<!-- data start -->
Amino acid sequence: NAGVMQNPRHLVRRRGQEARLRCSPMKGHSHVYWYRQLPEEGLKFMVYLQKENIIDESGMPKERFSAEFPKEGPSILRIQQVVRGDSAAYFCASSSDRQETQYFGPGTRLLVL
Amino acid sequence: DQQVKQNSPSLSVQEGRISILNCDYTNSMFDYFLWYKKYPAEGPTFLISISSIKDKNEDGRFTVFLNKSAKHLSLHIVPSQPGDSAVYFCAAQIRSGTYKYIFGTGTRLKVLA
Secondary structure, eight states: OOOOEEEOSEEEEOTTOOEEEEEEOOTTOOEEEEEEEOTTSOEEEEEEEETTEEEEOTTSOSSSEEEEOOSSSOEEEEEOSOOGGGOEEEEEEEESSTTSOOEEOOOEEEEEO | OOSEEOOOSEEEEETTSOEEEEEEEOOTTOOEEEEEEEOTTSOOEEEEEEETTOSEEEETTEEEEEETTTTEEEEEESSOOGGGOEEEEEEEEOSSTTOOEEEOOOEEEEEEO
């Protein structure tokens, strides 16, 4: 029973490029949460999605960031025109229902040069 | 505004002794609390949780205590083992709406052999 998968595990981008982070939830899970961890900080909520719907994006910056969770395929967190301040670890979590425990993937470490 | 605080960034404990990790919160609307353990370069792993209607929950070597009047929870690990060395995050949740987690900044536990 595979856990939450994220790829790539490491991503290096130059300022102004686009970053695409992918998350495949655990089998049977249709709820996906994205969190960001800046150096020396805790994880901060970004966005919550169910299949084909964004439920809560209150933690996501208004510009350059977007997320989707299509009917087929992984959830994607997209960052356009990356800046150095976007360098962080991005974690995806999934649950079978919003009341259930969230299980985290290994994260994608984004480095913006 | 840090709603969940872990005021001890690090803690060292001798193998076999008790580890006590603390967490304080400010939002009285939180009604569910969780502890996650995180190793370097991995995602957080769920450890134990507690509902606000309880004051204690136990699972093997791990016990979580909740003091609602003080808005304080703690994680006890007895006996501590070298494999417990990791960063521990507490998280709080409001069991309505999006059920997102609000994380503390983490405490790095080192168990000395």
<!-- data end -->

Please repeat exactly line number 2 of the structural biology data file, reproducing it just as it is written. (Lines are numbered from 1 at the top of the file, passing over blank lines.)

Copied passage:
Amino acid sequence: DQQVKQNSPSLSVQEGRISILNCDYTNSMFDYFLWYKKYPAEGPTFLISISSIKDKNEDGRFTVFLNKSAKHLSLHIVPSQPGDSAVYFCAAQIRSGTYKYIFGTGTRLKVLA